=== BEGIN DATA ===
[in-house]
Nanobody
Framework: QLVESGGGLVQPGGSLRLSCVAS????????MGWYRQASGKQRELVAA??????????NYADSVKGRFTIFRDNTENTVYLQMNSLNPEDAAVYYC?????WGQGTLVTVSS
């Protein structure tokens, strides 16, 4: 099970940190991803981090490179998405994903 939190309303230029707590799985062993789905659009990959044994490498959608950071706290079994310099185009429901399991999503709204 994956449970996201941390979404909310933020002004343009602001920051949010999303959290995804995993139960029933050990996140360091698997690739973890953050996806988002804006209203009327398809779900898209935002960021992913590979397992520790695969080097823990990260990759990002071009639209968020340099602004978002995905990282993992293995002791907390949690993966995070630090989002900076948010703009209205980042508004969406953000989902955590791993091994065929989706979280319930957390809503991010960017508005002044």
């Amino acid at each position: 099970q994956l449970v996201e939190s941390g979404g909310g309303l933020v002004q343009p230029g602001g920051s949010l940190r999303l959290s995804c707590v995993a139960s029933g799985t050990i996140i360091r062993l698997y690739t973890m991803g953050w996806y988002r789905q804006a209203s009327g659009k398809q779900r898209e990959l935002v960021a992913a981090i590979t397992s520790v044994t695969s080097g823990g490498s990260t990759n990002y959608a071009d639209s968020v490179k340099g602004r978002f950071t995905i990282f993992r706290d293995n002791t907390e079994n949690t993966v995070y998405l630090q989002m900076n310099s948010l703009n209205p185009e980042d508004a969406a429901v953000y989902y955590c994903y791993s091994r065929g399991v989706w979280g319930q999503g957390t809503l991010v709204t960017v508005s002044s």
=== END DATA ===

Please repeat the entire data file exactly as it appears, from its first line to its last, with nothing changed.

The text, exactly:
[in-house]
Nanobody
Framework: QLVESGGGLVQPGGSLRLSCVAS????????MGWYRQASGKQRELVAA??????????NYADSVKGRFTIFRDNTENTVYLQMNSLNPEDAAVYYC?????WGQGTLVTVSS
């Protein structure tokens, strides 16, 4: 099970940190991803981090490179998405994903 939190309303230029707590799985062993789905659009990959044994490498959608950071706290079994310099185009429901399991999503709204 994956449970996201941390979404909310933020002004343009602001920051949010999303959290995804995993139960029933050990996140360091698997690739973890953050996806988002804006209203009327398809779900898209935002960021992913590979397992520790695969080097823990990260990759990002071009639209968020340099602004978002995905990282993992293995002791907390949690993966995070630090989002900076948010703009209205980042508004969406953000989902955590791993091994065929989706979280319930957390809503991010960017508005002044």
């Amino acid at each position: 099970q994956l449970v996201e939190s941390g979404g909310g309303l933020v002004q343009p230029g602001g920051s949010l940190r999303l959290s995804c707590v995993a139960s029933g799985t050990i996140i360091r062993l698997y690739t973890m991803g953050w996806y988002r789905q804006a209203s009327g659009k398809q779900r898209e990959l935002v960021a992913a981090i590979t397992s520790v044994t695969s080097g823990g490498s990260t990759n990002y959608a071009d639209s968020v490179k340099g602004r978002f950071t995905i990282f993992r706290d293995n002791t907390e079994n949690t993966v995070y998405l630090q989002m900076n310099s948010l703009n209205p185009e980042d508004a969406a429901v953000y989902y955590c994903y791993s091994r065929g399991v989706w979280g319930q999503g957390t809503l991010v709204t960017v508005s002044s």